Bruce R. Powers of North Tonawanda, a widely acclaimed writer, educator and consultant in the communications field, died Tuesday in Sisters Hospital after a brief illness. He was 84.
Mr. Powers helped pioneer the development of the communications field in Western New York and was instrumental in establishing the communications studies program at Niagara University.
Born in Brooklyn, he was a graduate of Manhasset High School.
He served in the Navy during World War II as a member of the Naval Combat Demolition Units and Underwater Demolition Team 31, predecessors to the modern Navy SEALs. During his military service, Mr. Powers saw action on Guam, Marianas Islands. In addition to his underwater demolition skills, he also worked as a radio-cartographer.
In 1946, he was honorably discharged as a carpenter's mate third class.
While Powers studied at the University of Connecticut, he worked as an announcer and station engineer for New London radio station, WNLC.
He transferred to Brown University, where he completed his undergraduate education in 1951. After completing his bachelor's degree, Mr. Powers was recruited to serve as a European field officer in the Central Intelligence Agency, from 1951 to 1955.
Following his work with the CIA, Mr. Powers began practical training in the communications industry that influenced his instructional philosophy as a media professor.
He worked as a reporter for NBC, Movietone and the United Press Association and interviewed luminaries including former President Harry Truman, former Supreme Court Justice Thurgood Marshall and Marilyn Monroe.
After working with news organizations, Mr. Powers entered the advertising and public relations fields, working with a succession of agencies.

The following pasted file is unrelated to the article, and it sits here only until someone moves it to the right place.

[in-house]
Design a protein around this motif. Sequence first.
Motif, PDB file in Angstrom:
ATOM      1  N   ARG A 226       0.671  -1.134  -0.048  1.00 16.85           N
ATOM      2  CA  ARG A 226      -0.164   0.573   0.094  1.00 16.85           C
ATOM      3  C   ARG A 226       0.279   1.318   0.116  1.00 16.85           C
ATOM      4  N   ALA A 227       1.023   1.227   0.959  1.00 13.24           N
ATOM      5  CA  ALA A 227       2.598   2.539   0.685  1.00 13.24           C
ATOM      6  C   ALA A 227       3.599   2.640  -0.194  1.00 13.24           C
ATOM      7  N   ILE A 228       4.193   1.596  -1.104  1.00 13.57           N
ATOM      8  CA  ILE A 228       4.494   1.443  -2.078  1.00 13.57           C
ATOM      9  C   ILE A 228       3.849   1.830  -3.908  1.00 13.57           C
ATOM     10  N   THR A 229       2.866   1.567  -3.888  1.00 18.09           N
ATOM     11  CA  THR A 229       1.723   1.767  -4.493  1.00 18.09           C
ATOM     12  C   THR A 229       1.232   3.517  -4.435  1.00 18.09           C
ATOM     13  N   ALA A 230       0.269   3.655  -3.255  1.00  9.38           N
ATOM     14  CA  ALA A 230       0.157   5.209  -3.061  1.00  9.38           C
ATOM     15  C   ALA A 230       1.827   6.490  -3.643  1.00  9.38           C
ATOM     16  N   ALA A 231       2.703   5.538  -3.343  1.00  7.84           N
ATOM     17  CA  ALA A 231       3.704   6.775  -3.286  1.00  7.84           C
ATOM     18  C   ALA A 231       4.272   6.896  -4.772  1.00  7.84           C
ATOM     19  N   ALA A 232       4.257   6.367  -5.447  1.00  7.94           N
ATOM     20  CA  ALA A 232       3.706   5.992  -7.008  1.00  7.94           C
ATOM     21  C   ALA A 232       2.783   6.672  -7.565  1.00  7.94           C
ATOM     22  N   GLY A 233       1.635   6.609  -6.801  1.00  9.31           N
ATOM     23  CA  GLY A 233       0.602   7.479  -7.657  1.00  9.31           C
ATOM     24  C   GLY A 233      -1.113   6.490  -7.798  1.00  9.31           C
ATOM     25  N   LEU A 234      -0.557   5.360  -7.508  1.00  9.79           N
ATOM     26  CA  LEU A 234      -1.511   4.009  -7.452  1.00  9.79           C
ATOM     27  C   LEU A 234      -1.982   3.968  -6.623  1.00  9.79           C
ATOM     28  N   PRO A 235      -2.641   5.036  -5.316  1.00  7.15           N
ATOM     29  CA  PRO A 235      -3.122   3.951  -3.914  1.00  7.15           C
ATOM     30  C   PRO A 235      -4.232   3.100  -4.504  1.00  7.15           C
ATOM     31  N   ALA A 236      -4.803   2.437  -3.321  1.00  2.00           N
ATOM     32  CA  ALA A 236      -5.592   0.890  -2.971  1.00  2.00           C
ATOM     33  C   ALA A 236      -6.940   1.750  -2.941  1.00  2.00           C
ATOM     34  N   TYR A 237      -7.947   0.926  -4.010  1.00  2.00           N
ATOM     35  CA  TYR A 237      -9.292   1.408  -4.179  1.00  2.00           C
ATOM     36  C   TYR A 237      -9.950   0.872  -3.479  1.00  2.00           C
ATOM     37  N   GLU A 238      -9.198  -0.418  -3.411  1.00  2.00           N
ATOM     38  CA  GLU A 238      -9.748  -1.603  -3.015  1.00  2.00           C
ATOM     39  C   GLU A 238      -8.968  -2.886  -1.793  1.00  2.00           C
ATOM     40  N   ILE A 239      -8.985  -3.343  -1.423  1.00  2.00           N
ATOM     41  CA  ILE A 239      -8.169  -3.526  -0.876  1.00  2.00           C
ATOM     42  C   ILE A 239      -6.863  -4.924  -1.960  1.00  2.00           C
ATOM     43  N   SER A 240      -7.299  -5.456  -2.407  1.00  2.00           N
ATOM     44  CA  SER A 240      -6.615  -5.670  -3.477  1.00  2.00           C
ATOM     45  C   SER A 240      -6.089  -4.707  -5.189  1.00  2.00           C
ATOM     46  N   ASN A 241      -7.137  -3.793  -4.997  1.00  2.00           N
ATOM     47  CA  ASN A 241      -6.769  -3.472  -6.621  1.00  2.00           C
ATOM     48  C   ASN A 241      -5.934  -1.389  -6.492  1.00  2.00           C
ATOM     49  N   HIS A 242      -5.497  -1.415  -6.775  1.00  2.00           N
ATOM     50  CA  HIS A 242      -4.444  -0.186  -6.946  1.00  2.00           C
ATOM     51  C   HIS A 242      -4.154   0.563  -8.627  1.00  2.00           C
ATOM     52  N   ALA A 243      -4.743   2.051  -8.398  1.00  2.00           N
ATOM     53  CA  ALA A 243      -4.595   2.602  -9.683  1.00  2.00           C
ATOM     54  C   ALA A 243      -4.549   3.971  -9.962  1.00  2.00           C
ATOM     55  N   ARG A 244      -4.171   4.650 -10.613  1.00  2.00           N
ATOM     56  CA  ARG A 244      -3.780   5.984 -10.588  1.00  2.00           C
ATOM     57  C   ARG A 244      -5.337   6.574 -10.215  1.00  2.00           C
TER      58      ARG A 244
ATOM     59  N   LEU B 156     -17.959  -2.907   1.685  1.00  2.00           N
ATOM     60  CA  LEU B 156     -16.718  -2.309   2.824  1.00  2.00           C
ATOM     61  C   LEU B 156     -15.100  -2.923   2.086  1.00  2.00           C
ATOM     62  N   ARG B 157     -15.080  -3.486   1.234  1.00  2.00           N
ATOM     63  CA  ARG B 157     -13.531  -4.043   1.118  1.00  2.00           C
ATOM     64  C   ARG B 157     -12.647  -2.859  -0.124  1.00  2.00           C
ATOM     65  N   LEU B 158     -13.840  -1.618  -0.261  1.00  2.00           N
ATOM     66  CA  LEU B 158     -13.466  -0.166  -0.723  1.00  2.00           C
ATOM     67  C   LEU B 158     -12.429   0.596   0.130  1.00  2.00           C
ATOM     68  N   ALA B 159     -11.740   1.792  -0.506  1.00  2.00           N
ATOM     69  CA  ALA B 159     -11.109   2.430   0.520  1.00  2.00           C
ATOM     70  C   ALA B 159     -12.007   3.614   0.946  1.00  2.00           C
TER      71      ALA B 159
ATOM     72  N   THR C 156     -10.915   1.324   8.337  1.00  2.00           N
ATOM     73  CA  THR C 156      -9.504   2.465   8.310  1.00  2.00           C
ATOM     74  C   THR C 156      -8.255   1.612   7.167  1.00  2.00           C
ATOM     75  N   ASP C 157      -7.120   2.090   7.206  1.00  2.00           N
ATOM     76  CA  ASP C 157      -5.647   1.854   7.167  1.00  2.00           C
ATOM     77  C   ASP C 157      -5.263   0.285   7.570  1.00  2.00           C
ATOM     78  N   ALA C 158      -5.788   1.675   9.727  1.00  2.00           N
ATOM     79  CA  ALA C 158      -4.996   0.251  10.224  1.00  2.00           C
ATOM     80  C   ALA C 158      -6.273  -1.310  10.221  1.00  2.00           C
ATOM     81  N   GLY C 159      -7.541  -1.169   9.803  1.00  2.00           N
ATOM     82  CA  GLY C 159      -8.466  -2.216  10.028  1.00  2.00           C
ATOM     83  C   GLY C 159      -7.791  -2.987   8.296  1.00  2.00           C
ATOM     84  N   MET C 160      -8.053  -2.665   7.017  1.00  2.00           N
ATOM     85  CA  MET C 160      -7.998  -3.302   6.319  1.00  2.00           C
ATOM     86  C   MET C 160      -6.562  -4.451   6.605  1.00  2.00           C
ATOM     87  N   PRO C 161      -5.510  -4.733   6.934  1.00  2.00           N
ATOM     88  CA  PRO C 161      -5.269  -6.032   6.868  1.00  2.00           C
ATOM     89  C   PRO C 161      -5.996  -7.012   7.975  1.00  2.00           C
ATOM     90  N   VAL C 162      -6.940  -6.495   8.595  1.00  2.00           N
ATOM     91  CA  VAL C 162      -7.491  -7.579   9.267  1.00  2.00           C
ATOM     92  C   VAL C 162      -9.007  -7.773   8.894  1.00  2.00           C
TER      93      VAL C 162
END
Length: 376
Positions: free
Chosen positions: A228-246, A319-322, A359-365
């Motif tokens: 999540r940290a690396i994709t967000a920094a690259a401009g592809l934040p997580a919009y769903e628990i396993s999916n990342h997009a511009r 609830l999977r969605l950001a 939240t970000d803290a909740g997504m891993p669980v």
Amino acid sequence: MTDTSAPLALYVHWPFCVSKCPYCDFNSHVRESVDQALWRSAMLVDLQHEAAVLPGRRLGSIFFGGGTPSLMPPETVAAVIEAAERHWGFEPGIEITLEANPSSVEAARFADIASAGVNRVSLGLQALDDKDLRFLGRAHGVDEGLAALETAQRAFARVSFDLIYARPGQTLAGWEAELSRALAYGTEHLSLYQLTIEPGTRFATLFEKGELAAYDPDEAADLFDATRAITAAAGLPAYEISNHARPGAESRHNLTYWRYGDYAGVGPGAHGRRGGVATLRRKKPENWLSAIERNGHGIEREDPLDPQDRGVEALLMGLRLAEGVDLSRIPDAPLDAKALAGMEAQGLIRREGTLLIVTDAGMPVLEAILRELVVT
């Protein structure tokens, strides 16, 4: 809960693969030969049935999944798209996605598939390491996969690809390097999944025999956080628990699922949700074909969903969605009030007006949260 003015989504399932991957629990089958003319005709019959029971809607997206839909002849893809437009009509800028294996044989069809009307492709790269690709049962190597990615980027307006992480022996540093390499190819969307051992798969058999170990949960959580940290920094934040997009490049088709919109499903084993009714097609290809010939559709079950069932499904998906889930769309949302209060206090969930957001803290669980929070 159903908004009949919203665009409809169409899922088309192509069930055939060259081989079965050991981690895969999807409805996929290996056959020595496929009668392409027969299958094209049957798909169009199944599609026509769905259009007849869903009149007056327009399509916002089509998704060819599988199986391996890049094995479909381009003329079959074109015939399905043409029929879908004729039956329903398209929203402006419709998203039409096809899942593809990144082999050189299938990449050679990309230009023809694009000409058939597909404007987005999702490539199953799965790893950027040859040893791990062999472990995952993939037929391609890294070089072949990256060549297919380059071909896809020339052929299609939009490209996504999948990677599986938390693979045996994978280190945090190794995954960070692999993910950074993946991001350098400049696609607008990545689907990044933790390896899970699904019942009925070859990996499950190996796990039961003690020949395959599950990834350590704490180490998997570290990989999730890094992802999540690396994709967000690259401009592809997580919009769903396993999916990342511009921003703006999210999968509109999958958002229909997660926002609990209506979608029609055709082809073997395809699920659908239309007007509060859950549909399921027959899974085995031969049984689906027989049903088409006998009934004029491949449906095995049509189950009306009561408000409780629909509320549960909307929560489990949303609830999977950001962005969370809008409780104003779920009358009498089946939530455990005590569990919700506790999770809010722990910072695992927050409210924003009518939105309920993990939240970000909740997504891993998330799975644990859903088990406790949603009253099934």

He then returned to Brown University, where he earned an master's in English literature and began his career as a college professor.
From 1963 to 1967, Mr. Powers taught English at Brown, Ryerson Polytechnical Institute in Toronto and Nazareth College, Rochester.
In 1967, Mr. Powers joined the faculty at Niagara University and in 1986 was promoted to associate professor of English and communication studies. During his 25-year tenure at Niagara, Mr. Powers served in many capacities that contributed to the development of the media studies community at NU and the regional communications field.
He founded the Communication Studies Program at Niagara and served as its director from 1973 to 1987. He was also director of Niagara's Film Repertory Center from 1971 to 1992.
In 1971, he was the producer and managing director of the International Experimental Film Festival in Buffalo -- an event that was sponsored by the New York State Council on the Arts.
He and longtime friend and collaborator, Canadian media theorist Marshall McLuhan, co-authored "The Global Village: Transformations in World Life and Media in the 21st Century." Mr. Powers served as a research associate at McLuhan's Center for Culture and Technology at the University of Toronto from 1977 to 1981.
Mr. Powers retired from NU as a full-time professor in 1992.
In retirement, he was the narrator for the WNED production of the Niagara Falls documentary, "Fading in the Mist."
Mr. Powers was a parishioner of St. Albert the Great Parish, predecessor to the current St. Jude the Apostle Parish in North Tonawanda. He served as a lector, extraordinary minister and a member of the parish choir.
Survivors include his wife of 42 years, Dolores Dawson Powers; a son, Petty Officer Christopher D.; and a daughter, Patricia E.
A funeral service will be held at 1 p.m. Tuesday in Amigone Funeral home, 2600 Sheridan Drive, Town of Tonawanda.
A memorial Mass will be offered at 10 a.m. May 12 in St. Jude the Apostle Parish, North Tonawanda.